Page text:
Is it normal for a 17-month-old not to talk yet? He points at objects when you ask where they are.
A 17-month-old typically has a vocabulary of 10 to 20 words, but many children won't start saying their first words until they're 18 months old or older.
If a child points to objects when asked where they are, that means he's comprehending, says Louise Zingeser, director of the speech language pathology branch of the American Speech-Language- Hearing Association in Rockville.
Babbling and noise-making are also good indications that a baby's first words are on the way. When playing with cars, for instance, children should be making little car sounds, says Kara Kelley, speech language pathologist at Children's Hospital, Boston.
Boys typically start talking later than girls, says Lewis P. Lipsitt, nTC founding director of Brown University's Child Study Center in Providence, R.I.
"Many boys just don't talk until age 2," Zingeser agrees.
Parents can play a key role in promoting good language development, experts say.
"One of the best things parents can do is establish very early on daily book sharing, where you go beyond book reading to interaction," Kelley says.
Talk directly to your child while making eye contact, Lipsitt says. Talk about what you are doing using simple words, Kelley says, and comment on what they are doing as they play.
Since children learn through experience, parents should also use imitation, echoing their child's sounds so they get the idea to mimic the parents, Lipsitt says.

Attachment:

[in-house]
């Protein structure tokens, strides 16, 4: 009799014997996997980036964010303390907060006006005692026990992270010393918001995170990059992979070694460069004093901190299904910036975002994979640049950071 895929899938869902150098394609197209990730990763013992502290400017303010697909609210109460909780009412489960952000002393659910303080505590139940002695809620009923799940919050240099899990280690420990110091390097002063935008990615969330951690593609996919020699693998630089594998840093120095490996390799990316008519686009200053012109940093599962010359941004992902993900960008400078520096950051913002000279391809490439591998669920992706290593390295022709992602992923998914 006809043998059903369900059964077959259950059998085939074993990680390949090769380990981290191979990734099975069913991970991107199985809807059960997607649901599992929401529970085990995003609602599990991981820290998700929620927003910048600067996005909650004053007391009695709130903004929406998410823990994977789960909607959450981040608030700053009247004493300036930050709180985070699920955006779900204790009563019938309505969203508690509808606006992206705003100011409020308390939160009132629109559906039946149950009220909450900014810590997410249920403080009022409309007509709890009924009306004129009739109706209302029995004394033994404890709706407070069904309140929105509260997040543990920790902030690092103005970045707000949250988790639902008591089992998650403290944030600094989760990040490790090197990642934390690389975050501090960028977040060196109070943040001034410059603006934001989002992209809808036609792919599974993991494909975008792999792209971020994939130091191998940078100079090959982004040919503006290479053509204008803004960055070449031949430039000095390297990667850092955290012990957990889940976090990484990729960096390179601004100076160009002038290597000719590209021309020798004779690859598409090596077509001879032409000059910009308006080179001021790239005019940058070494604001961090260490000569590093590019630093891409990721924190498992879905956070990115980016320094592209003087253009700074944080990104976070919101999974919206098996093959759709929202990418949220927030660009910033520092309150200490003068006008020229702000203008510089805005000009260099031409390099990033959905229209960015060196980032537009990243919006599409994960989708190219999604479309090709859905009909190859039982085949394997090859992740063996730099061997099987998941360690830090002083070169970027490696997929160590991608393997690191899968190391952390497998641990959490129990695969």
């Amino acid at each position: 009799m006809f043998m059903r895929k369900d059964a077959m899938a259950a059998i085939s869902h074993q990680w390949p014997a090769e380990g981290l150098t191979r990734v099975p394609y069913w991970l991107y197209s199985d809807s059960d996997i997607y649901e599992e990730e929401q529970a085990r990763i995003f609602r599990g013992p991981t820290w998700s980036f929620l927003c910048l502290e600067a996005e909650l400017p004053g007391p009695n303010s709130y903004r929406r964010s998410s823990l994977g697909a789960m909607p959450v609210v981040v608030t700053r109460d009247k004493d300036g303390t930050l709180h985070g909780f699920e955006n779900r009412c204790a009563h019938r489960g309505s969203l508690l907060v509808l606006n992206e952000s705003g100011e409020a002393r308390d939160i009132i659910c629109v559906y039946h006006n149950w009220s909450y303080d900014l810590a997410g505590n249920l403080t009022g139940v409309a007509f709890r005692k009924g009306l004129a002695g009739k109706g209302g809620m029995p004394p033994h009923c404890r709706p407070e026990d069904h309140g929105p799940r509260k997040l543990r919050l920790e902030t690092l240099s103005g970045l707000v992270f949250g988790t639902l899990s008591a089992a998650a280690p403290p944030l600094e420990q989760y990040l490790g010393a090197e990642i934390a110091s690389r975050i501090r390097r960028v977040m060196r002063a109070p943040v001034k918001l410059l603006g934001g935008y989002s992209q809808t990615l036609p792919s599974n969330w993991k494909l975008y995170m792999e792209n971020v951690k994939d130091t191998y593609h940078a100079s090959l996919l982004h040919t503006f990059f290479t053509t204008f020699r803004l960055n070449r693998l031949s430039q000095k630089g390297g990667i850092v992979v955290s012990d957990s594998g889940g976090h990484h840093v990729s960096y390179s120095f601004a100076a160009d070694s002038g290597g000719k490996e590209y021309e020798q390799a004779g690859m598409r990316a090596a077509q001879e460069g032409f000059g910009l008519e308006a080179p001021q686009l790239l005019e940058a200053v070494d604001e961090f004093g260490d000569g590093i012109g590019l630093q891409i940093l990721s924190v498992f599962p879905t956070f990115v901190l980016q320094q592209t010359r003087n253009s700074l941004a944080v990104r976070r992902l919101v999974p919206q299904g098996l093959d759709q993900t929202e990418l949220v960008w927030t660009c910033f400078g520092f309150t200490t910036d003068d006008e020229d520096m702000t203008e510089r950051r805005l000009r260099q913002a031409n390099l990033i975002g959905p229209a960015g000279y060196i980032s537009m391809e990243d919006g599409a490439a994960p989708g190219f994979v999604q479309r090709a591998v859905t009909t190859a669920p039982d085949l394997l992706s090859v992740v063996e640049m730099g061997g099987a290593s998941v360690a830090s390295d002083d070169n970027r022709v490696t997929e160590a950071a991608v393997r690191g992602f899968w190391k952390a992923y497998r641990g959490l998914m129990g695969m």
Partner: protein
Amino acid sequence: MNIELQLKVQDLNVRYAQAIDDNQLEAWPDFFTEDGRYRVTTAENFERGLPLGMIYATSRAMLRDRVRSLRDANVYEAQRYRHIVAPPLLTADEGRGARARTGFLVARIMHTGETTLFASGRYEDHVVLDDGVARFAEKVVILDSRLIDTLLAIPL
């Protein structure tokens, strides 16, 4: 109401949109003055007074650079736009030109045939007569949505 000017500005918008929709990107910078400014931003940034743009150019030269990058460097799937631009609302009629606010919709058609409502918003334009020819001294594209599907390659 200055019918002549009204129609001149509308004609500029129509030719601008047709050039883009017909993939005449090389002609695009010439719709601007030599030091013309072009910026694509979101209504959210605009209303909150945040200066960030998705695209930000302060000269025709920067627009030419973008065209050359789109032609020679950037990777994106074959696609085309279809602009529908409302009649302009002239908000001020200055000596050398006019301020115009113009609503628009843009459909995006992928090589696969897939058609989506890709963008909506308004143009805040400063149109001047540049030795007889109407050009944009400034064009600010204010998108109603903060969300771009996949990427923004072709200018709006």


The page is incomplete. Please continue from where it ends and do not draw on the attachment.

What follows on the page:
When a child points to an object, such as a ball, name the object and ask him to repeat it, says Corliss C. McDaniels of Tacoma, Wash. And try to be consistent: If you say cat, don't substitute kitty or kitten.
If a child hasn't started talking by 18 months, parents can consult with their health-care provider. Talk about whether the child is meeting other developmental benchmarks and whether the child has a history of middle-ear infections, Zingeser says.
If a hearing problem is suspected, a child should be screened by an audiologist or ear-nose-throat specialist. Parents can do simple hearing tests, such as watching to see if their child responds to clapping or other noises. But professional testing can reveal more subtle hearing loss that can cause speech delays.
If a child hasn't started talking by his second birthday, most speech pathologists recommend the child be evaluated by a certified speech language pathologist. Public schools, health departments and community- based hospitals often provide free evaluations.
But some parents recommend having the assessment done as soon as you suspect a problem. It won't do any harm, they say, and it can put your child on the road to early intervention if a problem is detected.
Pub Date: 12/22/96